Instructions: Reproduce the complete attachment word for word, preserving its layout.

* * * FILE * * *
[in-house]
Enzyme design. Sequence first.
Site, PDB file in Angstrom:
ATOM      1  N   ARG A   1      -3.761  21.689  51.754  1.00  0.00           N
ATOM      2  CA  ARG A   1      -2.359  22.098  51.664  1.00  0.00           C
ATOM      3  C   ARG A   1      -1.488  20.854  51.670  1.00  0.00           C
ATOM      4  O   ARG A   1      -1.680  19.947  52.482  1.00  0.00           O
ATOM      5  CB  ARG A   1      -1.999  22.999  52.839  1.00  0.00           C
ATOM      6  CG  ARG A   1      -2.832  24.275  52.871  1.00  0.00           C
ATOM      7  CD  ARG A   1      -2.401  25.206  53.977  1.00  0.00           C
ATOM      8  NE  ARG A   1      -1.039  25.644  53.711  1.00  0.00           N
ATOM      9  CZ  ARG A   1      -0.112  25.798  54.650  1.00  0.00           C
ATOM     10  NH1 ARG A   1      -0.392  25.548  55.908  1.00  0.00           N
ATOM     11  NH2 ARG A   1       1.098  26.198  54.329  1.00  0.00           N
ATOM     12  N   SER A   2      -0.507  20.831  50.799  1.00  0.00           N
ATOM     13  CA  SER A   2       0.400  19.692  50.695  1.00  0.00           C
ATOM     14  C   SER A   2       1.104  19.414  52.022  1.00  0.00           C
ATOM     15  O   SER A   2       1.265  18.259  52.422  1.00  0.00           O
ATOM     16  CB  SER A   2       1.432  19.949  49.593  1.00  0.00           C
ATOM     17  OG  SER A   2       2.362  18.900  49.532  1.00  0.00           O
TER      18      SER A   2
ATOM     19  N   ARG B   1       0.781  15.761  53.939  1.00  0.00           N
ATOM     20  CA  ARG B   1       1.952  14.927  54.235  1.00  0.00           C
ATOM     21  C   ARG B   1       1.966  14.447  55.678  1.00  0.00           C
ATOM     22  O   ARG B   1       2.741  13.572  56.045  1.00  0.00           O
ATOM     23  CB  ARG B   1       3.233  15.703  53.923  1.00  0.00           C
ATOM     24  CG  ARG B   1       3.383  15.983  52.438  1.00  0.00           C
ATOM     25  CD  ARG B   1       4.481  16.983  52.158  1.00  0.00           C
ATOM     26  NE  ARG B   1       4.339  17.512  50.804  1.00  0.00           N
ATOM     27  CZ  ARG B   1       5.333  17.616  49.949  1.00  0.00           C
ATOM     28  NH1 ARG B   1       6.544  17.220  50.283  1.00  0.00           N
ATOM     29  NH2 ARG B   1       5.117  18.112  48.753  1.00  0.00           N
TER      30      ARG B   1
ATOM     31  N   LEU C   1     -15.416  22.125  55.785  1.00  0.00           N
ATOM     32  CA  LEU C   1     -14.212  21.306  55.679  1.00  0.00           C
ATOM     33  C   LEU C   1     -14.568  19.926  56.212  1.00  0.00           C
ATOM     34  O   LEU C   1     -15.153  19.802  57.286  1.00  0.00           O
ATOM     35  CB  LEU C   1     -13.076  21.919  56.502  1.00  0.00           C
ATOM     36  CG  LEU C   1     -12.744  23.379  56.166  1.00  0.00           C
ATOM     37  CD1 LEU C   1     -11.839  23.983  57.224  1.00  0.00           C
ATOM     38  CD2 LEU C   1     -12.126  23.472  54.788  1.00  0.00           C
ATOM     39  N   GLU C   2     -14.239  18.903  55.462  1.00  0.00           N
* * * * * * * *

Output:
[in-house]
Enzyme design. Sequence first.
Site, PDB file in Angstrom:
ATOM      1  N   ARG A   1      -3.761  21.689  51.754  1.00  0.00           N
ATOM      2  CA  ARG A   1      -2.359  22.098  51.664  1.00  0.00           C
ATOM      3  C   ARG A   1      -1.488  20.854  51.670  1.00  0.00           C
ATOM      4  O   ARG A   1      -1.680  19.947  52.482  1.00  0.00           O
ATOM      5  CB  ARG A   1      -1.999  22.999  52.839  1.00  0.00           C
ATOM      6  CG  ARG A   1      -2.832  24.275  52.871  1.00  0.00           C
ATOM      7  CD  ARG A   1      -2.401  25.206  53.977  1.00  0.00           C
ATOM      8  NE  ARG A   1      -1.039  25.644  53.711  1.00  0.00           N
ATOM      9  CZ  ARG A   1      -0.112  25.798  54.650  1.00  0.00           C
ATOM     10  NH1 ARG A   1      -0.392  25.548  55.908  1.00  0.00           N
ATOM     11  NH2 ARG A   1       1.098  26.198  54.329  1.00  0.00           N
ATOM     12  N   SER A   2      -0.507  20.831  50.799  1.00  0.00           N
ATOM     13  CA  SER A   2       0.400  19.692  50.695  1.00  0.00           C
ATOM     14  C   SER A   2       1.104  19.414  52.022  1.00  0.00           C
ATOM     15  O   SER A   2       1.265  18.259  52.422  1.00  0.00           O
ATOM     16  CB  SER A   2       1.432  19.949  49.593  1.00  0.00           C
ATOM     17  OG  SER A   2       2.362  18.900  49.532  1.00  0.00           O
TER      18      SER A   2
ATOM     19  N   ARG B   1       0.781  15.761  53.939  1.00  0.00           N
ATOM     20  CA  ARG B   1       1.952  14.927  54.235  1.00  0.00           C
ATOM     21  C   ARG B   1       1.966  14.447  55.678  1.00  0.00           C
ATOM     22  O   ARG B   1       2.741  13.572  56.045  1.00  0.00           O
ATOM     23  CB  ARG B   1       3.233  15.703  53.923  1.00  0.00           C
ATOM     24  CG  ARG B   1       3.383  15.983  52.438  1.00  0.00           C
ATOM     25  CD  ARG B   1       4.481  16.983  52.158  1.00  0.00           C
ATOM     26  NE  ARG B   1       4.339  17.512  50.804  1.00  0.00           N
ATOM     27  CZ  ARG B   1       5.333  17.616  49.949  1.00  0.00           C
ATOM     28  NH1 ARG B   1       6.544  17.220  50.283  1.00  0.00           N
ATOM     29  NH2 ARG B   1       5.117  18.112  48.753  1.00  0.00           N
TER      30      ARG B   1
ATOM     31  N   LEU C   1     -15.416  22.125  55.785  1.00  0.00           N
ATOM     32  CA  LEU C   1     -14.212  21.306  55.679  1.00  0.00           C
ATOM     33  C   LEU C   1     -14.568  19.926  56.212  1.00  0.00           C
ATOM     34  O   LEU C   1     -15.153  19.802  57.286  1.00  0.00           O
ATOM     35  CB  LEU C   1     -13.076  21.919  56.502  1.00  0.00           C
ATOM     36  CG  LEU C   1     -12.744  23.379  56.166  1.00  0.00           C
ATOM     37  CD1 LEU C   1     -11.839  23.983  57.224  1.00  0.00           C
ATOM     38  CD2 LEU C   1     -12.126  23.472  54.788  1.00  0.00           C
ATOM     39  N   GLU C   2     -14.239  18.903  55.462  1.00  0.00           N